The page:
We also put in place a clear training and development programme on three levels. One is through internal programmes when we invite experienced professionals on a wide range of disciplines to speak to us via a monthly in-house programme. Second level is sending our staff for local training programmes and the third is sending them for offshore training programmes. We also installed a well-equipped library. We put all these in place because the greatest assets of any agency are the people. While manufacturers can depend on their machines, our people are our machines; computers and other tools simply offer support.

Just so we can maintain standards, we have in place a well-structured system that vets all jobs for adherence to briefs and to detect errors. I must say it with some pride that I cannot remember any job that went out with typo, grammar or any type of errors. Our system operates in such a way that someone will pick it up.

I should also add that from our very first year, we ordered for and regularly subscribed to TV ads from the UK. These were often delivered to us quarterly. By viewing them, our people had the opportunity to keep abreast of global creative developments and trends.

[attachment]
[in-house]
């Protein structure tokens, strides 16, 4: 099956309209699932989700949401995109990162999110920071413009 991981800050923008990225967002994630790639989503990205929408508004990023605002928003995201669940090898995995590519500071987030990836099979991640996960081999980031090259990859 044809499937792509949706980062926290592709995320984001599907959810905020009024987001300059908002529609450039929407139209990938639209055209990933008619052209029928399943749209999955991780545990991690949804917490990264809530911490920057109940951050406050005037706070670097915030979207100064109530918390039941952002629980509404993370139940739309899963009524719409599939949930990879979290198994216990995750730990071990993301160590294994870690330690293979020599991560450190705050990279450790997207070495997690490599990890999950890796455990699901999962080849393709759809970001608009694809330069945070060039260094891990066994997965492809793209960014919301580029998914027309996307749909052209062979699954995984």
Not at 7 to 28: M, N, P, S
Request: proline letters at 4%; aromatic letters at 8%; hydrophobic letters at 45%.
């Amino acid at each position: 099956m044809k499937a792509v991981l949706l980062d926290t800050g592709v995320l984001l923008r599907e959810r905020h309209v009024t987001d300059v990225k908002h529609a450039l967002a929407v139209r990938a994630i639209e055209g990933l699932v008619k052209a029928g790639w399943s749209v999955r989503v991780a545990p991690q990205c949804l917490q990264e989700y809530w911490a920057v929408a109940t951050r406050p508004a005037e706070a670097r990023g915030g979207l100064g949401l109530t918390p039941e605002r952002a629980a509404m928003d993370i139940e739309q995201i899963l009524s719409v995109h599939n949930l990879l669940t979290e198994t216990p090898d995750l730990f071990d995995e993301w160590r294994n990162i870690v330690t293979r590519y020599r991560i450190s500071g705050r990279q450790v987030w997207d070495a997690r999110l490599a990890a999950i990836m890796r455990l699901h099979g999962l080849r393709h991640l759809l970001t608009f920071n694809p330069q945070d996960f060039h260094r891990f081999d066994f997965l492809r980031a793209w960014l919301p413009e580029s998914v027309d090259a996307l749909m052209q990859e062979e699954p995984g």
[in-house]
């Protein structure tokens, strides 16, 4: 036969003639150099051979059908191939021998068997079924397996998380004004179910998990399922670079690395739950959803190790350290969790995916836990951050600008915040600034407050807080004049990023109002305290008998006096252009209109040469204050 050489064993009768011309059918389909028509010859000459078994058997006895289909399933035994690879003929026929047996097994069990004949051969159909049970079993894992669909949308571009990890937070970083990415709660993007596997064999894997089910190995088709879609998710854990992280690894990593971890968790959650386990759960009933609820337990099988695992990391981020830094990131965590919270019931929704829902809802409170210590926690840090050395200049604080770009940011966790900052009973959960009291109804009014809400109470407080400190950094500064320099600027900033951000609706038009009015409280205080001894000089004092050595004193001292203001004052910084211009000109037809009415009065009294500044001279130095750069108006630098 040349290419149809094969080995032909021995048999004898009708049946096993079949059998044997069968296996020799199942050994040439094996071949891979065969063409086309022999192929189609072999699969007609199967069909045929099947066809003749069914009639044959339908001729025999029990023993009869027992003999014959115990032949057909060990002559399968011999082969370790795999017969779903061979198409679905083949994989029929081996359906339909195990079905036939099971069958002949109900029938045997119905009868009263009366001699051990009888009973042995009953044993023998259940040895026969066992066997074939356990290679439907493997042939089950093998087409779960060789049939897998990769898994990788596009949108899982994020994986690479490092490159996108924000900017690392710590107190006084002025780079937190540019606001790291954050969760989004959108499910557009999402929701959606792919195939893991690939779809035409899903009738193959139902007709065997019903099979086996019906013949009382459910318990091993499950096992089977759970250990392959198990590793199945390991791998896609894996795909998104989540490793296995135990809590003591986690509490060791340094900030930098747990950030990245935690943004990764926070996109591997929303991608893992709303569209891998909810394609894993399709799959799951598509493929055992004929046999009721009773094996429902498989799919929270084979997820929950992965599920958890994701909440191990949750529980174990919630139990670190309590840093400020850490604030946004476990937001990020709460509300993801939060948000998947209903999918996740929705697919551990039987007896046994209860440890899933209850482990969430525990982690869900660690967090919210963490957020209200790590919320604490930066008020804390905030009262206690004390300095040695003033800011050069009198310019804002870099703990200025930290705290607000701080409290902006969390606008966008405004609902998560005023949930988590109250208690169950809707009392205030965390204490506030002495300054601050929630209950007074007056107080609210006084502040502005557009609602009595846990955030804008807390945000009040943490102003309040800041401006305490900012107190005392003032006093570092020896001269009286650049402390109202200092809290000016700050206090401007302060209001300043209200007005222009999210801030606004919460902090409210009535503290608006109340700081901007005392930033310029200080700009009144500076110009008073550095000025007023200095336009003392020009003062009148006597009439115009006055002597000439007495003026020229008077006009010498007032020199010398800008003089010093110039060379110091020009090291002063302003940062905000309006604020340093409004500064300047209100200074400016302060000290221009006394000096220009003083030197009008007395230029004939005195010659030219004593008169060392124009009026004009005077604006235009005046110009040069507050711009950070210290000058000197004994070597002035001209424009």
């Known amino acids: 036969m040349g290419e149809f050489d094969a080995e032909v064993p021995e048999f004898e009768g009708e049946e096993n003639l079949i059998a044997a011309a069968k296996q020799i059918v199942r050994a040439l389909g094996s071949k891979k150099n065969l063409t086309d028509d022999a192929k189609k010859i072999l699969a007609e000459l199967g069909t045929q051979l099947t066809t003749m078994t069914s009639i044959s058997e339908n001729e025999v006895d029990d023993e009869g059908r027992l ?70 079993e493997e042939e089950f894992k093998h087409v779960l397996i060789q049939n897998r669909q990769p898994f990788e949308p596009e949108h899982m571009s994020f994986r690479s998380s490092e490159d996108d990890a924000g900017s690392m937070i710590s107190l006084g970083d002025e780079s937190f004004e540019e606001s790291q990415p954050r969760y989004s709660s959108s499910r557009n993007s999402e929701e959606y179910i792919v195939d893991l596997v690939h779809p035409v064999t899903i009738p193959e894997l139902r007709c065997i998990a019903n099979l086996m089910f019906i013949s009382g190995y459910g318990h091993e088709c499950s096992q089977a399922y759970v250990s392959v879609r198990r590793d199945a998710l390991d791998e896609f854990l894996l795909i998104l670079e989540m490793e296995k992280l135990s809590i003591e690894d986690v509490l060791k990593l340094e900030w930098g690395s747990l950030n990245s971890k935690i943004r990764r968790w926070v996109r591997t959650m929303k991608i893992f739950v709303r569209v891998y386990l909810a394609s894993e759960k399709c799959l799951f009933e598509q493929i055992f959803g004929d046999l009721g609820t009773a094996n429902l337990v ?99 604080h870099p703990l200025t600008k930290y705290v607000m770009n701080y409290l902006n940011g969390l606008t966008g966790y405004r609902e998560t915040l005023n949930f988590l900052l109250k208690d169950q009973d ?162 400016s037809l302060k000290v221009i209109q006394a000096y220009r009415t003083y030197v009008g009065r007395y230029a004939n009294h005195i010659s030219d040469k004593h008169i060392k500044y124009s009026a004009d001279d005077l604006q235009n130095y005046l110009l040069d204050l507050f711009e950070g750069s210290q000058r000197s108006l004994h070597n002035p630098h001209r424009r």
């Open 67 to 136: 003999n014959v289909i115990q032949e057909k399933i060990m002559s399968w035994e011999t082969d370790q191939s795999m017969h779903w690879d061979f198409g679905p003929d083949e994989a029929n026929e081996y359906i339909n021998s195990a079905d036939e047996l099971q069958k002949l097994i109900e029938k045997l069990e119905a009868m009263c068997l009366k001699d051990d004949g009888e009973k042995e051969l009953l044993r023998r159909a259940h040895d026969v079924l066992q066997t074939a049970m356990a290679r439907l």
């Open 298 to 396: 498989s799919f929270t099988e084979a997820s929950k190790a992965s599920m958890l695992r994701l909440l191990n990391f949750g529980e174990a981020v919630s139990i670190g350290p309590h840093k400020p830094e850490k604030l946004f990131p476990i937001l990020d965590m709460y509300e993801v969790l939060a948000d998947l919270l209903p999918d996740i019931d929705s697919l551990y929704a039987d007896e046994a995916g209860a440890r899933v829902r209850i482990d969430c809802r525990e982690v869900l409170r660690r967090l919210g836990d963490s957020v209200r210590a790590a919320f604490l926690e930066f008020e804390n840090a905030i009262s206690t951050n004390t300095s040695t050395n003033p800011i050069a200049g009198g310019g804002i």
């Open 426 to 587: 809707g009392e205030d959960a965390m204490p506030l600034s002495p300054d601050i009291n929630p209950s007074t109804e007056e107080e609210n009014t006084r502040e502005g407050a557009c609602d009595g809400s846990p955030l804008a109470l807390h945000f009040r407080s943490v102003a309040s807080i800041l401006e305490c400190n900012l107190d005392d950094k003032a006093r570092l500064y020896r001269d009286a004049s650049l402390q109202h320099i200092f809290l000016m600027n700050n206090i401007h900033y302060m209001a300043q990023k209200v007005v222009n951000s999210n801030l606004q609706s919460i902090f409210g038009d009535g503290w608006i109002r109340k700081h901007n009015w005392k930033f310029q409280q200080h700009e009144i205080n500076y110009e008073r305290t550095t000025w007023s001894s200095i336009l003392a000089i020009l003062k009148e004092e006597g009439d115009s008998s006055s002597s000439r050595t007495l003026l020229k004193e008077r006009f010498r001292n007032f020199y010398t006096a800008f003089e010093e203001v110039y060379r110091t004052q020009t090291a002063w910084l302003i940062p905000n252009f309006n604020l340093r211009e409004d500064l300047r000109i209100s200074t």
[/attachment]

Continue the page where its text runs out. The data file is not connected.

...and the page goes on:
Indeed, so integrated have we been in the area of professionalism that some clients use our staff as temporary replacements when their people go on leave or even resign.

Finance
We started PG in 1992 with a war chest of N600, 000, from an authorised capital of N2m. While these sums may sound small today, they were substantial in those days. From the paid up of N600, 000, we rented and renovated a good place in Ilupeju, ordered all furniture, acquired all equipment and even leased a brand new 504 vehicle. We didn’t want a situation where our competitiveness would be affected by inadequate capital. I must say though that after we paid the second month’s salary, all we had left before the next payday was a princely N2, 000!
I have seen agencies and businesses started on shoestring budgets; while there is no guarantee that plenty of money translates into success, it certainly helps to be well capitalised as it makes the task easier, reduces stress and generally improves competitiveness.

I had a choice of borrowing to start the business but did not have enough faith to do this in case the business developed hiccups; it would mean being indebted. Plus I didn’t have the kind of collateral that banks wanted anyway; I also didn’t want to borrow from individuals. The other option was to offer shares of the company and fortunately this was well subscribed. God was also gracious to us that we broke even in six months and by the first year paid dividend from our profit.

TO BE CONTINUED
• Mr. Akinwunmi, Group CEO, Prima Garnet Africa, Immediate Past Chairman of APCON, Pioneer Secretary/ CEO of the Nigerian Rebranding Project and Past President of the Association of Advertising Agencies of Nigeria (AAAN) presented this paper at the fourth yearly “Yes International!” lecture series, recently in Lagos.